On this day: Reception of a legendary ship of the Greek Navy

On this day: Reception of a legendary ship of the Greek Navy

It was on this day, September 1, 1911, when the port of Piraeus was filled with hundreds of citizens, who gathered with great enthusiasm to welcome the arrival of a warship, whose name, in the course of time, was written in gold letters in the history of Greece.

On 27 February 1910, the battleship “Averoff” was launched for the first time and after a short voyage to England on the occasion of the coronation of King George V, she was delivered to Greece on 15 May 1911 and on 1 September 1911, she sailed into the bay of Faliro.

The history-changing event was written in Livorno, Italy, where the ship was built for the needs of the Italian Navy, but the order was subsequently cancelled. This news prompted the government of Kyriakoulis Mavromichalis to express an interest in purchasing her, around the end of 1909, while anticipating the Turks, who had expressed a similar interest. After the unfortunate outcome of the Greek-Turkish war of 1897, our country had embarked on an extensive modernization of its armed forces with emphasis on the navy, as the fleet up to that time had been obsolete and in order for dominance in the Aegean to occur, the inclusion of new, modern ships was required.

The then Minister of the Navy, Ioannis Damianos, known for his negotiating skills, managed to reduce the cost of the armoured cruiser to 24,000,000 drachmas. One third of the amount was paid from the bequest of the Epirus businessman and national benefactor Georgios Averoff (1815-1899) and for this reason the ship was named after him.

At that time, it was considered a state-of-the-art, steam-powered ship, with a maximum cruising speed of 24 knots and a crew of 20 officers and 680 sailors.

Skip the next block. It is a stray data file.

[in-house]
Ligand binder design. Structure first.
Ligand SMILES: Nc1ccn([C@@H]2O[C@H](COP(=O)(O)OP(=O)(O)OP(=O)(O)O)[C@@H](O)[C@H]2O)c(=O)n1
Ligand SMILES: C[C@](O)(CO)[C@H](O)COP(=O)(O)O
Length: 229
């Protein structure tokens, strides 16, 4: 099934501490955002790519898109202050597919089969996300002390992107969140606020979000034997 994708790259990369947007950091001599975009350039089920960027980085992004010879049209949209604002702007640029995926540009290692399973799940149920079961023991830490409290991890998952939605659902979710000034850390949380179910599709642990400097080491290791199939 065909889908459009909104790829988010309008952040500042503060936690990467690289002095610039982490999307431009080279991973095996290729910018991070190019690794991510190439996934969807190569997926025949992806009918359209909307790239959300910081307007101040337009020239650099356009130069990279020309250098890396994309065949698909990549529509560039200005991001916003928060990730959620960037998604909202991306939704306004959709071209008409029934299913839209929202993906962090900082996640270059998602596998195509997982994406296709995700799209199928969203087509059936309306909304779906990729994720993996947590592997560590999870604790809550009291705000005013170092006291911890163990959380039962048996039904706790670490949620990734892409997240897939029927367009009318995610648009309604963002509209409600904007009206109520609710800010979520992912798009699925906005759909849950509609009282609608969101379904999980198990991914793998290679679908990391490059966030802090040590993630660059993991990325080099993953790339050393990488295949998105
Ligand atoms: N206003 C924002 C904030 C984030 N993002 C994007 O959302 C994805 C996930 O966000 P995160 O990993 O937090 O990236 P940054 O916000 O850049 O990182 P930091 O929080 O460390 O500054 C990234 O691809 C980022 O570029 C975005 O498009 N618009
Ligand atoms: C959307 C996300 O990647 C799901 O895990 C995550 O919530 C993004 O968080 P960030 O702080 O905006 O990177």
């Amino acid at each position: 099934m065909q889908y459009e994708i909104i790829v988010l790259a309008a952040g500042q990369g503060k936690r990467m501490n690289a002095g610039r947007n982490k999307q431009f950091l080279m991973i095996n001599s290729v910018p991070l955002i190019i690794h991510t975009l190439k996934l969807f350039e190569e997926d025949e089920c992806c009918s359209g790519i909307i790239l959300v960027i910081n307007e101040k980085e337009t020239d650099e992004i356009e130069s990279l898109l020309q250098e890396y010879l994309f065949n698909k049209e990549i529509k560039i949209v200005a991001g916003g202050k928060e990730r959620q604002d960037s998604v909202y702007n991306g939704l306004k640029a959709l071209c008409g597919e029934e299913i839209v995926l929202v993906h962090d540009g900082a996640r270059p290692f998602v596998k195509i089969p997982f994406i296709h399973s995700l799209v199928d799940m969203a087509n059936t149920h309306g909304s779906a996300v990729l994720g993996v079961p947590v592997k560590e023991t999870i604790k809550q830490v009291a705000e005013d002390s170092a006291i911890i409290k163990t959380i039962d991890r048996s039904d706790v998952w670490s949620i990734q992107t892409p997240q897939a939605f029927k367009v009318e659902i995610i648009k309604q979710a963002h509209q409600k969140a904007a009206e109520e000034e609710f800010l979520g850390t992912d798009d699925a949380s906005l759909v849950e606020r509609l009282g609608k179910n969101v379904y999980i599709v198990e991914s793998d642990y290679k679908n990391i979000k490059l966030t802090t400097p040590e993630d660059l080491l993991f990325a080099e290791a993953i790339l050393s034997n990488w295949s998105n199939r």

With this as the flagship of our naval fleet, we managed to change the balance in the Aegean. From the beginning of the First Balkan War, the “Averoff” imposed its presence and gave Greece a completely different operational capability. Admiral Kountouriotis, commander of the “Averoff”, wrote his own history by leading the victorious naval battles of Elli in December 1912 and Lemnos in January 1913 against the Turkish fleet, showing once again that the naval prowess of the Greeks is unsurpassed.

With Greece being one of the victorious powers of the First World War, in October 1918 the “Averoff” anchored in Istanbul and raised the Greek flag opposite the Sultan’s palace.
His contribution in the summer of 1922 was notable, when after the collapse of the Asia Minor front, he helped to transport the troops and the uprooted Greeks to the coast of Ionia.

During the Second World War, now aged, she remained the flagship of the Greek fleet. In April 1941, after the German invasion, there was a thought of sinking her so that she would not be surrendered to the enemy, but she was subsequently abandoned. “Averoff” continued to operate in Alexandria and for the rest of the war she participated in convoys in the Indian Ocean.

The epilogue of the battleship “Averoff” was written with her last two – peaceful missions. The transfer of the Liberation Government of George Papandreou to Piraeus on 17 October 1944 and his trip to Rhodes on 15 May 1945, where he brought the message of the annexation of the Dodecanese to Greece.

The ship was refitted in 1952 and to this day it is still in Faliro, where it operates as a War Museum.

The battleship “Georgios Averoff” is a legendary ship of the Greek Navy. It is difficult to find a similar ship in world history that has been associated for so many years with the history of a nation.